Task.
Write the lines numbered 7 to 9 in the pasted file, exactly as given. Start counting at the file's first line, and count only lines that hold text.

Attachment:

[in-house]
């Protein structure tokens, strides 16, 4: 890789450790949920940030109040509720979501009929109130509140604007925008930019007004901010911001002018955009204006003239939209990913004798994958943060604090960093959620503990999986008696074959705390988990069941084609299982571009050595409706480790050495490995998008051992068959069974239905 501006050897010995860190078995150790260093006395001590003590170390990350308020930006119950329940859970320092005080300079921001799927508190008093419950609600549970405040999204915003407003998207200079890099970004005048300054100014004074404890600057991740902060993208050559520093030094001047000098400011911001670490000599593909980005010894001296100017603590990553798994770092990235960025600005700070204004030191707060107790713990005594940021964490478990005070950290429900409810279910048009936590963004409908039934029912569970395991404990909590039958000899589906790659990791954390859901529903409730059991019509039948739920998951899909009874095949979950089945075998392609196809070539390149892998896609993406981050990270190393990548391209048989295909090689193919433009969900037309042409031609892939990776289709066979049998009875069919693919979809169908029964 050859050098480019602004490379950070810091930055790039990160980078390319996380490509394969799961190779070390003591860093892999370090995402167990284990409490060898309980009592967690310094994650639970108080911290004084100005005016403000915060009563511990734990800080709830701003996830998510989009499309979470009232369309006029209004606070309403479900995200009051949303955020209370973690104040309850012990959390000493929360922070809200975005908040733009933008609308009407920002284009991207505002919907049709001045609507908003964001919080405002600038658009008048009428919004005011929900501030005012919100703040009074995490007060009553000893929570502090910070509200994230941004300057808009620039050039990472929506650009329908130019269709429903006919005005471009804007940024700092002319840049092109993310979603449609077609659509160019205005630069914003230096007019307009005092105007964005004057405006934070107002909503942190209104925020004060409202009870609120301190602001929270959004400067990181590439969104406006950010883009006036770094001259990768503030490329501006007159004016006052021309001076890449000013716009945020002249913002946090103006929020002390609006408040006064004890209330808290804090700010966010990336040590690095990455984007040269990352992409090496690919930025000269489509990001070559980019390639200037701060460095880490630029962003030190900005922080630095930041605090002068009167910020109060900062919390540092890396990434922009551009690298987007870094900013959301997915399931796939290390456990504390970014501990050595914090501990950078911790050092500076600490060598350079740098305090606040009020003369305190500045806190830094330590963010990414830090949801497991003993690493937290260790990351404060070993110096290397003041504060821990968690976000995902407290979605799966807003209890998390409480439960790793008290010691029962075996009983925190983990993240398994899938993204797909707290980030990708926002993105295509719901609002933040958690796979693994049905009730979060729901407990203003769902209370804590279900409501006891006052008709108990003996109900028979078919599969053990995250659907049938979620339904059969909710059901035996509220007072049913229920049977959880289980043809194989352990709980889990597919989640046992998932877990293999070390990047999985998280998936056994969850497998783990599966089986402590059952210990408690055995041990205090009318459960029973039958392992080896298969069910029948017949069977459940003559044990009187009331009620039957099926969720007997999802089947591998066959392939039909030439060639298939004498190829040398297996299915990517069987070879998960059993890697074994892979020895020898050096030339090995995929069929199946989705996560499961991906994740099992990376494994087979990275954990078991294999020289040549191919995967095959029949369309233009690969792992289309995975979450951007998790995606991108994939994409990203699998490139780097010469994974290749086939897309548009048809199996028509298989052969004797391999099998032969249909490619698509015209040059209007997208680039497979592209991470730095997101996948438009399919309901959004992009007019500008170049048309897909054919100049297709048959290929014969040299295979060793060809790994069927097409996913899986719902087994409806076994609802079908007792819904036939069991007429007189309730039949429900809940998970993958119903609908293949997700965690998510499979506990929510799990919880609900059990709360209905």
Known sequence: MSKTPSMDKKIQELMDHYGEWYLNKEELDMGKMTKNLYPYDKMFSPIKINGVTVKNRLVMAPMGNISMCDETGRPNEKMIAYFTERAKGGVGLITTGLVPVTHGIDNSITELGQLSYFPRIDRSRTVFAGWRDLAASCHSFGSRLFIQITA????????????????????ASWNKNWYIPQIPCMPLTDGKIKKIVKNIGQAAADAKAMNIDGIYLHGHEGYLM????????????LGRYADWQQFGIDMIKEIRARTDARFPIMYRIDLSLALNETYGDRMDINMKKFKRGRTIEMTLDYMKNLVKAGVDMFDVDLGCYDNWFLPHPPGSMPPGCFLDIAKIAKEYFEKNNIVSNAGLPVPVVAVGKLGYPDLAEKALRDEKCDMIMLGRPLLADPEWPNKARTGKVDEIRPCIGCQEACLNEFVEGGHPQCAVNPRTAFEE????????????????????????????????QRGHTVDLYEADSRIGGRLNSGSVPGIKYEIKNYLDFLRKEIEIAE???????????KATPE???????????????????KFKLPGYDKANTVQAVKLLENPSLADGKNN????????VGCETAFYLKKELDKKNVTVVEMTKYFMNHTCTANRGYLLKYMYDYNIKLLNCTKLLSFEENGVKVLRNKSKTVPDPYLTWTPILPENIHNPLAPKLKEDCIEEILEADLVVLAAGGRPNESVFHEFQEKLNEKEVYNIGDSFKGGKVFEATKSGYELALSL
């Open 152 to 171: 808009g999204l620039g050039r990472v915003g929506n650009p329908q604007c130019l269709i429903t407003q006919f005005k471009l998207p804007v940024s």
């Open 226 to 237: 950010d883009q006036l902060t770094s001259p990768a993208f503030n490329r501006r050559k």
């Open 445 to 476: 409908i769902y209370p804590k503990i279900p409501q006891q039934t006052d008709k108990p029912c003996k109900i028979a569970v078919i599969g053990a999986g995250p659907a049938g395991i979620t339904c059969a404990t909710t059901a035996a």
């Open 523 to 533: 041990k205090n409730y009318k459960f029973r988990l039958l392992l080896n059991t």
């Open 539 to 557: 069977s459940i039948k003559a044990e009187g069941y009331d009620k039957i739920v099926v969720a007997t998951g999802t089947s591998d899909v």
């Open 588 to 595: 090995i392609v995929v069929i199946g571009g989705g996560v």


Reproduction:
């Open 523 to 533: 041990k205090n409730y009318k459960f029973r988990l039958l392992l080896n059991t």
């Open 539 to 557: 069977s459940i039948k003559a044990e009187g069941y009331d009620k039957i739920v099926v969720a007997t998951g999802t089947s591998d899909v």
């Open 588 to 595: 090995i392609v995929v069929i199946g571009g989705g996560v």